Jewelry Tutorial: Roll Necklace

Finished Product

One of many versions of the roll necklace

I have been meaning to do another jewelry tutorial here but I haven’t really felt the need to create lately.  And that’s okay – for me, forcing yourself to do something that makes you happy takes the fun out of it and makes it work.  I refuse to let this thing that I love turn against me.  So I will do the next best thing and re-run a tutorial that I originally wrote for my friend Susan’s awesome crafty blog.  (And if you are crafty and have kids, definitely check out her blog!)

Really, most of what I do is the result of happy accidents because I create for fun and not necessarily to pay the bills.  Bill paying is a bonus.

But a “roll” necklace is something we can make together I think.  I’ve seen a lot of really beautiful ones lately and while the basic idea is simple, the possibilities for making it uniquely yours are endless – plus you don’t need much in the way of specialized tools and it doesn’t have to be expensive.


  • 1 open link chain necklace (the length/material is up to you; by “open link” I mean one where you can fit a piece of wire through a link.)  I’m using an 18” gold plated chain for this project.
  • 5-7 beads (here is where anything goes – but my favorites are faceted gemstone rondelles or Swarovski bicone crystals).  I’m using some cool red-orange Swarovskis for this project.
  • A 2-inch piece of wire (you can use inexpensive craft wire, but sterling silver or gold filled wire labeled “half hard” or “full hard” will work best and give a longer lifespan to your piece.) I’m using 24 gauge, full hard, gold filled wire for this project.
  • Wire cutters (you can buy a small pair of Craftsman cutters at Sears for $10 and they have a lifetime guarantee.  If they ever get chipped or dull you just take them into the store and they give you a new pair.)
  • Flat nose or round nose pliers (round will give a little better end result but if you only have flat they will work and there’s no reason to go out and buy round.)



Everything you need

Decide on necklace length.  If you have an 18” necklace, it will be @19” when you are done.  If you’re cool with that, just take your wire cutters and cut the link at the center of the necklace.  If you want a specific length of chain on either side of your “roll”, simply divide that in half and measure from each end.  Remember that carpenter’s saying about measuring twice and cutting once!  Be sure you are cutting evenly on each side because you can’t really fix that without making the whole thing shorter.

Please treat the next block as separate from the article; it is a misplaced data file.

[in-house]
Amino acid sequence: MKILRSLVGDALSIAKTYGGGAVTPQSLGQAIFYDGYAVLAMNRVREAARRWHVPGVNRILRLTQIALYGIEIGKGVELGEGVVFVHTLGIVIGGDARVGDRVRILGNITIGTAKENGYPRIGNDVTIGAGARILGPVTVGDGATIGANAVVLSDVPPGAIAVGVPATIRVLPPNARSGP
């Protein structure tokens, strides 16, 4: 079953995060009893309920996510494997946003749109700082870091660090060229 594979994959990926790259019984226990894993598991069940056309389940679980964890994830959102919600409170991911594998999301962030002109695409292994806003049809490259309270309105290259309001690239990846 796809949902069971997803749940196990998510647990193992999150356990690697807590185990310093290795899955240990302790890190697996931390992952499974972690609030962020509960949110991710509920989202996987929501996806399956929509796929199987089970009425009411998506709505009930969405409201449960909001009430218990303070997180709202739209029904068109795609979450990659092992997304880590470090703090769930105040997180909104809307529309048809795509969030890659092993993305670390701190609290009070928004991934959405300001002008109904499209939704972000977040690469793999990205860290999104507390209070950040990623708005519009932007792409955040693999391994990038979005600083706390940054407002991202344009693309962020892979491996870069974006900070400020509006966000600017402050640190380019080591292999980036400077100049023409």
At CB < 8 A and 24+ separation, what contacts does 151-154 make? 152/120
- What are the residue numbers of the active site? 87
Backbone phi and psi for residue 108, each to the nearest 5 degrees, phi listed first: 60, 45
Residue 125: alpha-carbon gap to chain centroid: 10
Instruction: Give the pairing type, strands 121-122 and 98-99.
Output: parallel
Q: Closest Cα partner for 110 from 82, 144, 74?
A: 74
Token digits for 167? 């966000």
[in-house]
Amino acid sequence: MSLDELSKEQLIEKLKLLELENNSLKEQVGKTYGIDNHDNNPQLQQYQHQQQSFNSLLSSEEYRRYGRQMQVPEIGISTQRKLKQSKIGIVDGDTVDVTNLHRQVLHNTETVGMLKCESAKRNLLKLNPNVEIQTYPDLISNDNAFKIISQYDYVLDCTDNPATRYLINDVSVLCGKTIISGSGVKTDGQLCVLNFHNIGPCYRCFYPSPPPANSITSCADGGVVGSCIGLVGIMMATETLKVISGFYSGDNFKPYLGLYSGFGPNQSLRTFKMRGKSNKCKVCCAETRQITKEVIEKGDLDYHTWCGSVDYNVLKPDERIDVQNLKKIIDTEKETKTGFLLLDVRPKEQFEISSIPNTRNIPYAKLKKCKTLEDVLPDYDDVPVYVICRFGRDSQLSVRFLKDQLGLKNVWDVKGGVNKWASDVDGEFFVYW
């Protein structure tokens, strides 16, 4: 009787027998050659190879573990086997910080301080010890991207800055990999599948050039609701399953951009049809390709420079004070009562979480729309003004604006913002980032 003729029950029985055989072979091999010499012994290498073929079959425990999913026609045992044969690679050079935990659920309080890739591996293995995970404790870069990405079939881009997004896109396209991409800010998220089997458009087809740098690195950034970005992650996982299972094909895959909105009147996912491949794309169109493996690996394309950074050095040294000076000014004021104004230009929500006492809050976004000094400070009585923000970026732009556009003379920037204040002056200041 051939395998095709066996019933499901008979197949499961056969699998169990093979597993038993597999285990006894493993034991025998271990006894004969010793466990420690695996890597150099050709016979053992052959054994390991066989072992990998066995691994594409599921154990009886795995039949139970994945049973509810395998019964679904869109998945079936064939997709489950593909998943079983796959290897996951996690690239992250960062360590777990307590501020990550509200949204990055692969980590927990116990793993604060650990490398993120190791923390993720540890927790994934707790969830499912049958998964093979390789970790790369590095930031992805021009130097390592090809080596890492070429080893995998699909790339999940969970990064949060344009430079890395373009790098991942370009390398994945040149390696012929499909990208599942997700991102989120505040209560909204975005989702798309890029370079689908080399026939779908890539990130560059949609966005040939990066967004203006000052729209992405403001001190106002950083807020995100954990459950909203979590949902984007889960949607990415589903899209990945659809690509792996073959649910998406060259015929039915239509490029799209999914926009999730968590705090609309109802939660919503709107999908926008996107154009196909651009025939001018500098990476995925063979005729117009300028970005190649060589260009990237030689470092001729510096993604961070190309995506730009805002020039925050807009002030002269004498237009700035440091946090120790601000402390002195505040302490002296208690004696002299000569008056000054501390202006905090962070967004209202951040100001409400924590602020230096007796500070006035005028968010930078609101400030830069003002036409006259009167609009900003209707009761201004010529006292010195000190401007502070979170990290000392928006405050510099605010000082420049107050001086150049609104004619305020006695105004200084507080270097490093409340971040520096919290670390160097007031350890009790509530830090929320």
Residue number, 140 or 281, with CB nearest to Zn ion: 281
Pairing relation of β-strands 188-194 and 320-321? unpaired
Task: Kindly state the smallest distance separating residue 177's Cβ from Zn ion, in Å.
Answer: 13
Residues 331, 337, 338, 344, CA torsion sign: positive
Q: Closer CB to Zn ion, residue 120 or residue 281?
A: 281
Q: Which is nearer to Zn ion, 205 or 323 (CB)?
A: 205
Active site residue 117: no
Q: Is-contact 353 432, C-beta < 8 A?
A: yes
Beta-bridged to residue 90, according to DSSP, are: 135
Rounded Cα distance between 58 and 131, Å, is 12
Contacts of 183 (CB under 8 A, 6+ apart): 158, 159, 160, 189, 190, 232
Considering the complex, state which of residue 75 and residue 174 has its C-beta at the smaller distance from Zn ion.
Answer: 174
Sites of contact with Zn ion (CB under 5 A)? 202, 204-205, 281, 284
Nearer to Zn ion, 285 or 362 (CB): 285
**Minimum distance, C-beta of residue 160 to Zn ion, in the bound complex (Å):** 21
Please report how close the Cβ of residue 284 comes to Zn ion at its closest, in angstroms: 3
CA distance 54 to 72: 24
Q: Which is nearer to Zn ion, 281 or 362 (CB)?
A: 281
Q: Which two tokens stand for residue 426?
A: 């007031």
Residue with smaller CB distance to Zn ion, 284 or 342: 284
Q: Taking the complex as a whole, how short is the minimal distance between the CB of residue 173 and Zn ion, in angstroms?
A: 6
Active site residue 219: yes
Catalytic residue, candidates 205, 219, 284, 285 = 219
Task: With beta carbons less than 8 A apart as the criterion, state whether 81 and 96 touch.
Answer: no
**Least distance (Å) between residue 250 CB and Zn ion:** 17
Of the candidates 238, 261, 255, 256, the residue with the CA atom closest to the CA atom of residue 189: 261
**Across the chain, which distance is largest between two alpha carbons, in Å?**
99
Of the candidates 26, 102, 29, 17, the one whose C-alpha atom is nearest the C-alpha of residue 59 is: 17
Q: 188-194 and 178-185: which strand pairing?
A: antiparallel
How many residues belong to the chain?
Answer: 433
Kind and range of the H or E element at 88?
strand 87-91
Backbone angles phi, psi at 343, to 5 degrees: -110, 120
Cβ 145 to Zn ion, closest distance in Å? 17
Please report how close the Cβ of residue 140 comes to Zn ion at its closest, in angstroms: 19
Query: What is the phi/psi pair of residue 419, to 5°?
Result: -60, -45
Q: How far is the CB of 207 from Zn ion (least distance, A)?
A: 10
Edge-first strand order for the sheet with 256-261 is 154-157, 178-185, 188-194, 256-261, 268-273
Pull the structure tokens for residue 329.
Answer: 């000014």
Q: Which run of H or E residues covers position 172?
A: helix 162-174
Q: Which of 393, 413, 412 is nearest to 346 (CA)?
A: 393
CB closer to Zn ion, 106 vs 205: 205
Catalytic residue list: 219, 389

Cut right the FIRST time!

Take your 2-inch piece of wire and thread one end through the end link of one of your necklace halves.  You can make a loop here one of two ways: the simple way is to take your flat or round nose pliers and, grabbing the end of the wire, make a simple loop with the end link still in it.  I don’t think that’s as secure so I do the complicated way.  I grab the wire with the pliers about a ½ inch from the end and make my loop there.  This gives me some extra wire to wrap around the base of my loop 1 or 2 times.  The harder your wire, the more challenging this will be but it’s not impossible so don’t give up.  Then I cut the extra wire at the base of the loop and squish the end with the pliers so it doesn’t catch on anything.

Threading wire through the chain...


Making my loop...

Thread your beads onto the wire.


Putting on the pretties...

Now place the end of the wire on the remaining necklace half and make a loop the same way you did the first half.


Finishing up the second loop

Voila!  You have made yourself a very fun necklace, and now you know how to make one to match any outfit or occasion. Once you feel comfortable making the wire end loops connecting to chains, experiment with different materials and sizes of beads on your wire.



If you have craft stores like Micheal’s around you it’s very easy to find tools like pliers and cutters as well as Swarovski and other beads.  I’ve also seen sterling silver wire and open link chain necklaces at Hobby Lobby.  Local craft stores are starting to get a better range of jewelry supplies these days.  For items like gold filled wire and gemstone rondelles you may have to go online unless you are lucky enough to live in a city with a bead store nearby.  If you like to shop on, just type what you are looking for into the search box and search supplies – great for when you need small quantities.


About deepfriedyankee

I am a parade of one. A seeker of bathtubmarys. A lover of Mardi Gras, bacon and marbles. I have the patience of a saint. A very, very flawed saint.
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